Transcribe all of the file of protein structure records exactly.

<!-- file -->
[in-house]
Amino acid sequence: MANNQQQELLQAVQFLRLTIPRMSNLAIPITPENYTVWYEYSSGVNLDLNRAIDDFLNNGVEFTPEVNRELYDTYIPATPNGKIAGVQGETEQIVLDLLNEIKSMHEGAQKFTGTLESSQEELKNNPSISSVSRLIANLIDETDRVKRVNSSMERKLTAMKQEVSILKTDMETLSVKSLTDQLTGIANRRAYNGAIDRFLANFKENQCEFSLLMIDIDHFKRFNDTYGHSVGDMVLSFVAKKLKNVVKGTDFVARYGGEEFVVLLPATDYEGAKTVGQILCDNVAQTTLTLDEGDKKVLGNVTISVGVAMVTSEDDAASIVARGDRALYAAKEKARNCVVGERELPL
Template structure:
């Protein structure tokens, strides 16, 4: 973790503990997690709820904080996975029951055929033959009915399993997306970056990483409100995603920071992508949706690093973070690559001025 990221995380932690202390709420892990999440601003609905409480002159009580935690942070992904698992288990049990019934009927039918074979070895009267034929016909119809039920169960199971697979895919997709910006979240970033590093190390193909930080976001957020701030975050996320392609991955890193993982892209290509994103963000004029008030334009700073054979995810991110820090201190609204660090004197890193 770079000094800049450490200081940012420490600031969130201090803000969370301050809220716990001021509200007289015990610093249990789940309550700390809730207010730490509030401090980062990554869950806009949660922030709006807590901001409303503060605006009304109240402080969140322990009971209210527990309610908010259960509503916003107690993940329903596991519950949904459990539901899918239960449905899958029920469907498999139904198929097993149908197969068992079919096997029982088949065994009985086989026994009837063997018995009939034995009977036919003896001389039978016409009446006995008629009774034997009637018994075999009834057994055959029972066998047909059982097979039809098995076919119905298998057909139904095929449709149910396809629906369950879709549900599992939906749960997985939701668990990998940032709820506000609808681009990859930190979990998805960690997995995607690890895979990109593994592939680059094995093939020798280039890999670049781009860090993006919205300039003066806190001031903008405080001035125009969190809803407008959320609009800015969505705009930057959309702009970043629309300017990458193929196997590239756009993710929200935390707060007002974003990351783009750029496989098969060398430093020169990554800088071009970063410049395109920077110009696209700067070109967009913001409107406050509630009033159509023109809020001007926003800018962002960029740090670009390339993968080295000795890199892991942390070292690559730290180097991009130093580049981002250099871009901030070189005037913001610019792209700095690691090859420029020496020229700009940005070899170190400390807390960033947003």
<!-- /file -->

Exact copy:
[in-house]
Amino acid sequence: MANNQQQELLQAVQFLRLTIPRMSNLAIPITPENYTVWYEYSSGVNLDLNRAIDDFLNNGVEFTPEVNRELYDTYIPATPNGKIAGVQGETEQIVLDLLNEIKSMHEGAQKFTGTLESSQEELKNNPSISSVSRLIANLIDETDRVKRVNSSMERKLTAMKQEVSILKTDMETLSVKSLTDQLTGIANRRAYNGAIDRFLANFKENQCEFSLLMIDIDHFKRFNDTYGHSVGDMVLSFVAKKLKNVVKGTDFVARYGGEEFVVLLPATDYEGAKTVGQILCDNVAQTTLTLDEGDKKVLGNVTISVGVAMVTSEDDAASIVARGDRALYAAKEKARNCVVGERELPL
Template structure:
């Protein structure tokens, strides 16, 4: 973790503990997690709820904080996975029951055929033959009915399993997306970056990483409100995603920071992508949706690093973070690559001025 990221995380932690202390709420892990999440601003609905409480002159009580935690942070992904698992288990049990019934009927039918074979070895009267034929016909119809039920169960199971697979895919997709910006979240970033590093190390193909930080976001957020701030975050996320392609991955890193993982892209290509994103963000004029008030334009700073054979995810991110820090201190609204660090004197890193 770079000094800049450490200081940012420490600031969130201090803000969370301050809220716990001021509200007289015990610093249990789940309550700390809730207010730490509030401090980062990554869950806009949660922030709006807590901001409303503060605006009304109240402080969140322990009971209210527990309610908010259960509503916003107690993940329903596991519950949904459990539901899918239960449905899958029920469907498999139904198929097993149908197969068992079919096997029982088949065994009985086989026994009837063997018995009939034995009977036919003896001389039978016409009446006995008629009774034997009637018994075999009834057994055959029972066998047909059982097979039809098995076919119905298998057909139904095929449709149910396809629906369950879709549900599992939906749960997985939701668990990998940032709820506000609808681009990859930190979990998805960690997995995607690890895979990109593994592939680059094995093939020798280039890999670049781009860090993006919205300039003066806190001031903008405080001035125009969190809803407008959320609009800015969505705009930057959309702009970043629309300017990458193929196997590239756009993710929200935390707060007002974003990351783009750029496989098969060398430093020169990554800088071009970063410049395109920077110009696209700067070109967009913001409107406050509630009033159509023109809020001007926003800018962002960029740090670009390339993968080295000795890199892991942390070292690559730290180097991009130093580049981002250099871009901030070189005037913001610019792209700095690691090859420029020496020229700009940005070899170190400390807390960033947003």